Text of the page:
Bahamians Studying In the US Urged to Register With Nearest Bahamian Embassy or Consulate

Nassau, The Bahamas – As the Covid-19 pandemic continues to plague the world, current and prospective Bahamian students pursuing studies in the United States are being urged to register with the nearest Bahamian embassy/consulate to their respective college or university.

During a recent interview with Sidney S. Collie Ambassador to the United States, and Permanent Representative to the OAS Embassy/Permanent Mission of The Bahamas in Washington, DC., he stressed the importance of registering with the nearest consulate/embassy.

According to Ambassador Collie, there are currently about 120 Bahamian students registered with the Embassy Consular Annex of The Bahamas in the Washington D.C. Metro Area. He noted, however, that there are over 345 Bahamian students registered with the Annex within its 24 state jurisdictions.  Bahamian Consulates in Miami, New York and Atlanta also maintain diaspora databases within their respective jurisdictions.

“In this regard, many Bahamian students do not know that they should register with the nearest consulate/embassy in their area, which makes it challenging for foreign missions to truly account for Bahamian students in their geographic area,” said the Ambassador.

He said that in 2018 to 2019, the Embassy Consular Annex embarked on the Campus Outreach Tour and was able to register students during this time; however, he highly recommended that students register with the nearest embassy/consulate.  Students can visit the website of the Ministry of Foreign Affairs to find an office near them at

As it relates to Covid-19 protocols, Ambassador Collie emphasized that policies are frequently changing.  He noted that the area known as Washington DC also incorporates Maryland and Virginia -- altogether known as the DMV -- and the policies there are decided by the Governors of each state.

“Regarding strictures in place for health and safety, Mayor Bowser implemented a 14 day quarantine for persons traveling into DC from hotpots within the US. This could be expanded to include other territories if the District of Colombia determines it appropriate,” he said. “Given the rapidly changing circumstances of Covid-19 these policies change frequently.”

He also pointed out that the US Embassy in Nassau is the relevant authority for providing definitive information on US government policies so Bahamian students should always consult them before making plans.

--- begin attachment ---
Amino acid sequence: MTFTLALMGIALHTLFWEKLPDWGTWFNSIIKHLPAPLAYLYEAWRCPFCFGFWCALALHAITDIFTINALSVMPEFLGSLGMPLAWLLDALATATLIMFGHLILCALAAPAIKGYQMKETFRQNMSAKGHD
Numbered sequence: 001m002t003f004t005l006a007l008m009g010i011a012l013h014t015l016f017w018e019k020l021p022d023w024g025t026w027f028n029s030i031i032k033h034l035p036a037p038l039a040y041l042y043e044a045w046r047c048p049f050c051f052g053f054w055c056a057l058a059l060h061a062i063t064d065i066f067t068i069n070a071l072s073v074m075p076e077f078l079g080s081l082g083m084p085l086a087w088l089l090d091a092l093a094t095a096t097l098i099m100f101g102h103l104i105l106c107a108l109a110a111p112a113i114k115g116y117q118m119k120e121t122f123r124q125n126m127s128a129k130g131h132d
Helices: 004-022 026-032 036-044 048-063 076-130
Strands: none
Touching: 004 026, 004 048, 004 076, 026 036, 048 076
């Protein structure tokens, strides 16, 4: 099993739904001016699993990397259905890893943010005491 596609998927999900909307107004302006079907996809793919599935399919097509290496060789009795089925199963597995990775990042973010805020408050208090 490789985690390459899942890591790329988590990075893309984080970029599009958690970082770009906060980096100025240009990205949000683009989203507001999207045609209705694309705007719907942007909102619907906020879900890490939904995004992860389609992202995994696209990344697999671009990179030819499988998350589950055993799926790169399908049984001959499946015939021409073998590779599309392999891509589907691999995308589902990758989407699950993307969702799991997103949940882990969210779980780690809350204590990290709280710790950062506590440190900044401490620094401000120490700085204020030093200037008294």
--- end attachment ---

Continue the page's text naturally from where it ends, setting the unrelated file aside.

“It is vital, therefore, that students considering a fall semester in the DMV pay close attention to developments in the respective State, consulting closely with the University itself,” he explained. “Students should carefully research all aspects of the situation and determine their course of action accordingly.”

As it relates to current US policies for students wishing to pursue studies including returning students, Ambassador Collie said that there is no specific U.S. policy regarding Bahamian students.

“There are also different visa categories that fall under the category of student or work and study exchange; however, most Bahamian students enter the U.S. on F1 visas to obtain undergraduate and graduate degrees,” he explained.

He referred to a previous statement released by the US due to the Coronavirus pandemic on 6 July, 2020 concerning foreign students which informed that international students attending schools operating entirely online, would not be able pursue full-time on-line course loads and remain in the U.S.  It stated that visas would not be issued to students enrolled in schools/programs that are fully on-line. 

It went to say that active students currently in the U.S, enrolled in such programs would have had to transfer to a school/program with in-person classes or leave the country immediately.  If students did not leave, they would be subject to deportation.  That statement was later changed.

“This statement was quickly rescinded, due to protest and legal action taken by several schools.  The U.S. policy now clarifies that new international students, unlike continuing international students, cannot study in the U.S. and take 100% online course load in the fall.”

Guidance issued by the Student and Exchange Visitor Program (SEVP), a division of the U.S. Immigration and Customs Enforcement agency (ICE) reaffirmed that new international students may enroll in hybrid programs consisting of a mix of in-person and on-line courses, as long as their coursework is not 100 percent online. Additional information can be found here:

As it relates to the return to the classroom for the upcoming semester, he said that In March 2020, the Embassy Consular Annex established the Bahamian Student Outlook to identify and provide support for Bahamian students impacted by the pandemic within the 24 state jurisdictions.  This entails the following:

i.    Continued contact with leadership at various universities and colleges to be informed of their policies and contingency plans as it relates to their COVID-19 response and its impact on international students.

ii.    Provide important information on travel requirements, restrictions, and resources.  This includes advising students to contact the relevant U.S. authorities, such as the U.S. Embassy in Nassau, SEVP and international student advisors at their schools.

iii.   Continued communication with student liaisons on campuses with substantial Bahamian student populations.  Student liaisons are Bahamian students who have been identified as leaders in the Bahamian community on campus and update the Annex periodically or when necessary.